At the dawn of the 20th century, Chicago was the second largest city in the United States with more than 2 million residents.
It was also the center of Polish culture and political activism in America. With Poland partitioned between Russia, Austria and Germany, more than 4 million Polish citizens immigrated to the United States between 1870 and 1920 in search of a better life.
My Grandma and Grandpa Potempa, who married in 1916, were part of this immigration movement.
In Chicago, immigrants, including my grandpa, worked in some of the most dangerous factories and mills in the United States. In their neighborhoods, these families built communities, churches, and most of all, aided their beloved Poland in her fight for independence. Their story is known as the "Fourth Partition," and it's also the name of a new film documentary released last year, that details these stories. (As for my family, by the time my father Chester, the youngest of Grandpa and Grandma Potempa's nine children, was born in 1929, the family had left Chicago so Grandpa could leave factory life, purchasing the family farm in Indiana where my father was born.)
Starting with the arrival of the first documented Poles in Jamestown in 1608, the film discusses political and economical reasons for the mass Polish migration at the turn of the 20th century. Featuring rarely shown photographs and films, the film talks about old Chicago Polish neighborhoods, as well as the jobs people had living in these neighborhoods. It discusses their culture, daily life, and their political activism during World War I.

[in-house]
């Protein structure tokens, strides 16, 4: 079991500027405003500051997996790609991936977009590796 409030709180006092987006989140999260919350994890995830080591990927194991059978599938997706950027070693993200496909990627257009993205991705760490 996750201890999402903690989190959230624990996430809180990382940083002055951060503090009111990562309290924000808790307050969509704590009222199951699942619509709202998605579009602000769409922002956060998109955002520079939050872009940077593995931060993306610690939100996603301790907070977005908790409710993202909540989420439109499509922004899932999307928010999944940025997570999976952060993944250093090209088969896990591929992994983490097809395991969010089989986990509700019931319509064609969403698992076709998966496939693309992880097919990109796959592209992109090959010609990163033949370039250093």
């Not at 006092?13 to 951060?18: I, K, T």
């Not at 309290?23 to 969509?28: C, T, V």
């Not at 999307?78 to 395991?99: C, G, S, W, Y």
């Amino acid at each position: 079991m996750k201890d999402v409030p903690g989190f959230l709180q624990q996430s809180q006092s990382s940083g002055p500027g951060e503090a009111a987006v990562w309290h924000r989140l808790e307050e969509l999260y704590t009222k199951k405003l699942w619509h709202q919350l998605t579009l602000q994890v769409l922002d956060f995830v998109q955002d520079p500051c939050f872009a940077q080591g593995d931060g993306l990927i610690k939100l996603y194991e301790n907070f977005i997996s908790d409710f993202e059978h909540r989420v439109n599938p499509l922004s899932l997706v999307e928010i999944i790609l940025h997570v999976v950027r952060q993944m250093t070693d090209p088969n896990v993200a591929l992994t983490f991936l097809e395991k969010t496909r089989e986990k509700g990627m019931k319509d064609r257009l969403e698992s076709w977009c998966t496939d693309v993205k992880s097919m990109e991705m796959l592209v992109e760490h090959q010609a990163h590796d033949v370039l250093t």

After a weekend screening of "The Fourth Partition" following the noon Polish Mass at Our Lady of Czestochowa Shrine in the Salvatorian Fathers Millennium Hall in Merrillville on Sunday, more Chicagoland screenings are popping up. Dr. James Pula, a professor of history at Purdue North Central in Westville, is also featured in interviews throughout the film. Dr. Pula is the editor of the "Polish-American Encyclopedia."
Another screening is at 8:15 p.m. Saturday at Sacred Heart Mission's Jesuit Millennium Center, 5838 W Irving Park Rd. in Chicago. FYI: (773) 777-7000. And at 4:30 p.m. Sunday, March 9, the film will be shown at Polish Museum of America, 984 N Milwaukee Ave., in Chicago. FYI: (773) 384-3352.
As I hear of any additional screenings in Northwest Indiana, I will keep readers updated.
Adrian Prawica is the film's director. Born in Lodz, Poland, in addition to being a director, his is also an editor and cinematographer. He immigrated to the United States at age 10 and is a graduate of Loyola University, Chicago. He started in event videography and public access television at age 25, before moving into advertising and documentary work.
For more information about his documentary "The Fourth Partition," visit amerykafilm.com, where the film can also be ordered for $14.99.